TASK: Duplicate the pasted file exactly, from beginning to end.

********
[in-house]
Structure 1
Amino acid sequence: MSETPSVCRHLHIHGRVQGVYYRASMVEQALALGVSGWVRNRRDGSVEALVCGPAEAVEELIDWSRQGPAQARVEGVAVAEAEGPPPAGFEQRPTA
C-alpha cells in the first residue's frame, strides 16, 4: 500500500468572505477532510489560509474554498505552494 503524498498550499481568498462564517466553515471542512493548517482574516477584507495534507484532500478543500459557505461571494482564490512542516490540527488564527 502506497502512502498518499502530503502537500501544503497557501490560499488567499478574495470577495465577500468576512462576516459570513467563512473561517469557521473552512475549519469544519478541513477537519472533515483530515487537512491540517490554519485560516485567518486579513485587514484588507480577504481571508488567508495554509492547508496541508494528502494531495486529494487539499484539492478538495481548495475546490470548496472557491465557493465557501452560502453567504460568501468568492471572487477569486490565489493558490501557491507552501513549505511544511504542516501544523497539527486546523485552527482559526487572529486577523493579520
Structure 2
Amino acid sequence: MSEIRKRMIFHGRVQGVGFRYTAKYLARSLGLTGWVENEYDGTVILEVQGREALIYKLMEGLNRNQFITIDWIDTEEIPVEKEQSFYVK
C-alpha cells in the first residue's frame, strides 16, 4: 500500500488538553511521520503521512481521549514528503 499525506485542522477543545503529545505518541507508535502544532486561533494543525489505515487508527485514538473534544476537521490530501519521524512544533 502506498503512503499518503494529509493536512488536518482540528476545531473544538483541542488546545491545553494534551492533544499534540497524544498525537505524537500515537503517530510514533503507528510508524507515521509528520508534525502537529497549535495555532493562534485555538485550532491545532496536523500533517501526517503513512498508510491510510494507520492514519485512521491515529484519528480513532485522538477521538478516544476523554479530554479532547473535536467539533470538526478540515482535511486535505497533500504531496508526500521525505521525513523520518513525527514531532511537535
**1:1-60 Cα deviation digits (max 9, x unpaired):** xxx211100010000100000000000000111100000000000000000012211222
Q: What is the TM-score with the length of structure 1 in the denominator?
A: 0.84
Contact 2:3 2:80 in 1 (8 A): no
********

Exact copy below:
[in-house]
Structure 1
Amino acid sequence: MSETPSVCRHLHIHGRVQGVYYRASMVEQALALGVSGWVRNRRDGSVEALVCGPAEAVEELIDWSRQGPAQARVEGVAVAEAEGPPPAGFEQRPTA
C-alpha cells in the first residue's frame, strides 16, 4: 500500500468572505477532510489560509474554498505552494 503524498498550499481568498462564517466553515471542512493548517482574516477584507495534507484532500478543500459557505461571494482564490512542516490540527488564527 502506497502512502498518499502530503502537500501544503497557501490560499488567499478574495470577495465577500468576512462576516459570513467563512473561517469557521473552512475549519469544519478541513477537519472533515483530515487537512491540517490554519485560516485567518486579513485587514484588507480577504481571508488567508495554509492547508496541508494528502494531495486529494487539499484539492478538495481548495475546490470548496472557491465557493465557501452560502453567504460568501468568492471572487477569486490565489493558490501557491507552501513549505511544511504542516501544523497539527486546523485552527482559526487572529486577523493579520
Structure 2
Amino acid sequence: MSEIRKRMIFHGRVQGVGFRYTAKYLARSLGLTGWVENEYDGTVILEVQGREALIYKLMEGLNRNQFITIDWIDTEEIPVEKEQSFYVK
C-alpha cells in the first residue's frame, strides 16, 4: 500500500488538553511521520503521512481521549514528503 499525506485542522477543545503529545505518541507508535502544532486561533494543525489505515487508527485514538473534544476537521490530501519521524512544533 502506498503512503499518503494529509493536512488536518482540528476545531473544538483541542488546545491545553494534551492533544499534540497524544498525537505524537500515537503517530510514533503507528510508524507515521509528520508534525502537529497549535495555532493562534485555538485550532491545532496536523500533517501526517503513512498508510491510510494507520492514519485512521491515529484519528480513532485522538477521538478516544476523554479530554479532547473535536467539533470538526478540515482535511486535505497533500504531496508526500521525505521525513523520518513525527514531532511537535
**1:1-60 Cα deviation digits (max 9, x unpaired):** xxx211100010000100000000000000111100000000000000000012211222
Q: What is the TM-score with the length of structure 1 in the denominator?
A: 0.84
Contact 2:3 2:80 in 1 (8 A): no